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St Catherine medical officer warns citizens: - Don't take Zika for granted

Published:Wednesday | February 24, 2016 | 12:00 AMJason Cross

St Catherine Medical Officer of Health Dr Francia Prosper-Chen is the latest medical official to warn the nation of the seriousness of the Zika virus and encouraged Jamaicans, especially community leaders, to take charge of their surroundings in order to minimise mosquito breeding in and around their homes and communities. She also implored citizens to listen to Zika warnings and act on them.

Prosper-Chen was making a special presentation on the Zika virus at a joint meeting with the Rotary Clubs of Portmore and St Catherine North on Tuesday at the Police Officers' Club in St Andrew.

Rotary's International was celebrating its 111th anniversary.

"We have to take the Zika virus very seriously because there are too many unknowns. The first and most important thing that we do have control over is our homes, our backyards and, to some extent, our communities," Prosper-Chen said.

"As community leaders, that is one of the things we are charged to do - to get persons organised to clean up the communities, to go through the backyard, to get rid of breeding sites, to mobilise commu-nities. Start to use repellents, to wear appropriate clothing, at least until the threat is not here with us any longer," she said.

Prosper-Chen told the gathering that research is ongoing to determine the variety of ways Zika can be transmitted.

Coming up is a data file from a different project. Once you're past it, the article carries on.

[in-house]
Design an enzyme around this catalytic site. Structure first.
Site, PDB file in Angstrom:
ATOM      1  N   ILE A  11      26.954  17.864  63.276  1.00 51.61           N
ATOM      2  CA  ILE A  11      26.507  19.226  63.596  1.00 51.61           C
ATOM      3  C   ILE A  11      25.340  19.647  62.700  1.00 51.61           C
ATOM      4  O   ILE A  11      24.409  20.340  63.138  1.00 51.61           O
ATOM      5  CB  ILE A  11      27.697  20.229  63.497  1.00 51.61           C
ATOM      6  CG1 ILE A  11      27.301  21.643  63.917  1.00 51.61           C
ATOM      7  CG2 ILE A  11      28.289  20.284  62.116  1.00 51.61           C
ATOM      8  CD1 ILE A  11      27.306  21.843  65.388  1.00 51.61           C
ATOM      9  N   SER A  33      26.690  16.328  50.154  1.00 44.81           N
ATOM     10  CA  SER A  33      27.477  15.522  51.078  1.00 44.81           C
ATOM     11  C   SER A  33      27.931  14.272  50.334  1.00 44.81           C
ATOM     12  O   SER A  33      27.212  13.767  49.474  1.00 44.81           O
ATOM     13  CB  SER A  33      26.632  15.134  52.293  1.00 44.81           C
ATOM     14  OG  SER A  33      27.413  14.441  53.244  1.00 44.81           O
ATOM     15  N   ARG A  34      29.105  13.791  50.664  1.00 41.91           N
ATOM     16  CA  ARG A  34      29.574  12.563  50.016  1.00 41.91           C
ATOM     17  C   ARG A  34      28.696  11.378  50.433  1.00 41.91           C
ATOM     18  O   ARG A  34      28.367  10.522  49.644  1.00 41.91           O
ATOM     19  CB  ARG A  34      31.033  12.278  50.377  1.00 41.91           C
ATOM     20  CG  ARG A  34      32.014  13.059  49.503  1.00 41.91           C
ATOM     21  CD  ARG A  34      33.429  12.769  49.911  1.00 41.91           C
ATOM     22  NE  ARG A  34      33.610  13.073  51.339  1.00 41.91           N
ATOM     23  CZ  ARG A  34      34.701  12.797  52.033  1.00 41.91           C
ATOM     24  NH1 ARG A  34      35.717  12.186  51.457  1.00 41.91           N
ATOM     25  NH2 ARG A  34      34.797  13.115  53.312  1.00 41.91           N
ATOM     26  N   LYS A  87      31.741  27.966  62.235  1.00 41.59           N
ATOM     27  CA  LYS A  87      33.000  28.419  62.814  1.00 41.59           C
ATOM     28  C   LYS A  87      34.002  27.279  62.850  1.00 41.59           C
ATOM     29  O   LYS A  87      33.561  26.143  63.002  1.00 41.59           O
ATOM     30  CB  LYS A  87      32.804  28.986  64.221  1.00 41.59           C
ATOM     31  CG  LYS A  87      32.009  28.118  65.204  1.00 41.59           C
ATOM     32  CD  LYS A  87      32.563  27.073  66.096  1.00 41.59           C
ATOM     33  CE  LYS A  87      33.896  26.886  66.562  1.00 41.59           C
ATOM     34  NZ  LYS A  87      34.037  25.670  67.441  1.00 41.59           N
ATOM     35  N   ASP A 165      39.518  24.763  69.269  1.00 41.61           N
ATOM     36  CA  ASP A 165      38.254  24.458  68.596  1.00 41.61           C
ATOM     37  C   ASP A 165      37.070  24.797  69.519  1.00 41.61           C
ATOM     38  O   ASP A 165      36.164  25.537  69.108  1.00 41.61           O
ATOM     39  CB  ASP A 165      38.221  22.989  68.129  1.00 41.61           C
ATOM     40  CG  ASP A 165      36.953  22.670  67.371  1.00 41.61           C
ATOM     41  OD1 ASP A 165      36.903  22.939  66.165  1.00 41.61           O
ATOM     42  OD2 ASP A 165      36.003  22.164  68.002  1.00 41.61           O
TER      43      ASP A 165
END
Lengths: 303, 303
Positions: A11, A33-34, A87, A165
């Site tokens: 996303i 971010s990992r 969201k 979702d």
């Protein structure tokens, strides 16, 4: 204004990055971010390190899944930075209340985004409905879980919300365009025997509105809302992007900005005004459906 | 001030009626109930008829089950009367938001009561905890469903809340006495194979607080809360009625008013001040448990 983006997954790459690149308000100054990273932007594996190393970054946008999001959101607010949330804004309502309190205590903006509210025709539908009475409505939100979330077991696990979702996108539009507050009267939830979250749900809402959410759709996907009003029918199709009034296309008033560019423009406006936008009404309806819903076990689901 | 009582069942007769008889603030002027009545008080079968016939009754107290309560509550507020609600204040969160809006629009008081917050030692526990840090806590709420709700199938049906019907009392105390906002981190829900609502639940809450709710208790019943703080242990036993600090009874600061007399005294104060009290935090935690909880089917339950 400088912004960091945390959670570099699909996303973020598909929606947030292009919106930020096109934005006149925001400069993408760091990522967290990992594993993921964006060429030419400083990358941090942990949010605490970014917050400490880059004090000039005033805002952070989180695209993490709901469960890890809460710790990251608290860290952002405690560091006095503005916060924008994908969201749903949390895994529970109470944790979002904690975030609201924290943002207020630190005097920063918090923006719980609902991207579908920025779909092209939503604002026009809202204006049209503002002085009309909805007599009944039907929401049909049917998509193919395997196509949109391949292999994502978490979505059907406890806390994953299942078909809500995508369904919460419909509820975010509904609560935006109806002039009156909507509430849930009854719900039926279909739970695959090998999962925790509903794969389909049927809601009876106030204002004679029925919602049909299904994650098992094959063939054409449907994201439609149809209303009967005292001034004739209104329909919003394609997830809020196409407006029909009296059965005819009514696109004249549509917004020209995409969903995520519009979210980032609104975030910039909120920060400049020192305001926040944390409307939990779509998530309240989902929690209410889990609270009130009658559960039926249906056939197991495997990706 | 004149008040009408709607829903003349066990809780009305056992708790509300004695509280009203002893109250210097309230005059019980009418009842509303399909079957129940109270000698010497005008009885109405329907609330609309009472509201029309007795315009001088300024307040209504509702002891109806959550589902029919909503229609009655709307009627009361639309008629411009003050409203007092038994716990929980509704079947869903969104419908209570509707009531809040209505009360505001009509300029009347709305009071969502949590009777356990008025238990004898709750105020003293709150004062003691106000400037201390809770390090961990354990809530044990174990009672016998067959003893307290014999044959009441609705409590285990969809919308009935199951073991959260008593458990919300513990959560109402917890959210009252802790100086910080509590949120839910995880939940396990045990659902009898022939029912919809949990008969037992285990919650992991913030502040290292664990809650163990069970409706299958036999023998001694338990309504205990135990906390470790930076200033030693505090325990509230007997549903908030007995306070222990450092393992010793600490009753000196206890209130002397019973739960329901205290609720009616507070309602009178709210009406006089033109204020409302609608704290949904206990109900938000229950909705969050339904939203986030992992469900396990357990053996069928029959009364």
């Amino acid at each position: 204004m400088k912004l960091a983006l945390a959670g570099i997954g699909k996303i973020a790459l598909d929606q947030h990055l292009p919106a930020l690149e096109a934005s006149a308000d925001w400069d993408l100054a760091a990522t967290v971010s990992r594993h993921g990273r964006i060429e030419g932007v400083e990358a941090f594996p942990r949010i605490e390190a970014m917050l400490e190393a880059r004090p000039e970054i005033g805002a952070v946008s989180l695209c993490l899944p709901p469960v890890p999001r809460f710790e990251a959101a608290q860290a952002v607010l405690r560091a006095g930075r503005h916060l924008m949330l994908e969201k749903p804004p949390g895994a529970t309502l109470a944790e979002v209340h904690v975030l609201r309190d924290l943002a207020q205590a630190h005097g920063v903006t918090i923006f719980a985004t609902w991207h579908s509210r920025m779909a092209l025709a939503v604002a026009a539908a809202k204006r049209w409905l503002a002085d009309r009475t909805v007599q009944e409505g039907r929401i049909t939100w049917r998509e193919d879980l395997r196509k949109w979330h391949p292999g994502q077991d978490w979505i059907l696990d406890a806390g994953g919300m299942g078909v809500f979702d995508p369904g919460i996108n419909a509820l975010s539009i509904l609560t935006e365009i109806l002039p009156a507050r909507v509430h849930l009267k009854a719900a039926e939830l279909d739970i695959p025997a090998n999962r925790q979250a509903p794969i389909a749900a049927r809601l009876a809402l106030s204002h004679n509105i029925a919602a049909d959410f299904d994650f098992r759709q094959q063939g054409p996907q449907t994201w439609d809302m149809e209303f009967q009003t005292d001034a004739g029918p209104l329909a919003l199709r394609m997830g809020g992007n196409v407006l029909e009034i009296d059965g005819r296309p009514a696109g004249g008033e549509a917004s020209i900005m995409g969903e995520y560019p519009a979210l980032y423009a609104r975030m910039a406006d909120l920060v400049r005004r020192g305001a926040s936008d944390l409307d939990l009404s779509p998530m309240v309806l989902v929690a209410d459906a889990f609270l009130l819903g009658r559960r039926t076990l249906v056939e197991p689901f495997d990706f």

The primary means of Zika transmission is through vectors. A vector refers to any organism that spreads infection by conveying disease pathogens from one host to another, but is not directly responsible for causing a disease. In this case, the vector is the Aedes aegypti mosquito.

According to Prosper-Chen, although not confirmed, it is believed that the virus can be transmitted from mother to baby in the womb. Although there is no documentation of Zika transmission through breast-feeding, the virus has already been detected in breast milk. Zika has been isolated in amniotic fluid, placenta and in human semen.

Prosper-Chen also had advice for men with pregnant partners who might be at risk after travelling to Zika-affected areas.

"Men who have travelled to or reside in an area with active Zika virus transmission should abstain from sexual activities or constantly and correctly use condoms during sex for the duration of the pregnancy," she said, insisting that precautionary measure must be taken due to the uncertainty of the virus's true potential.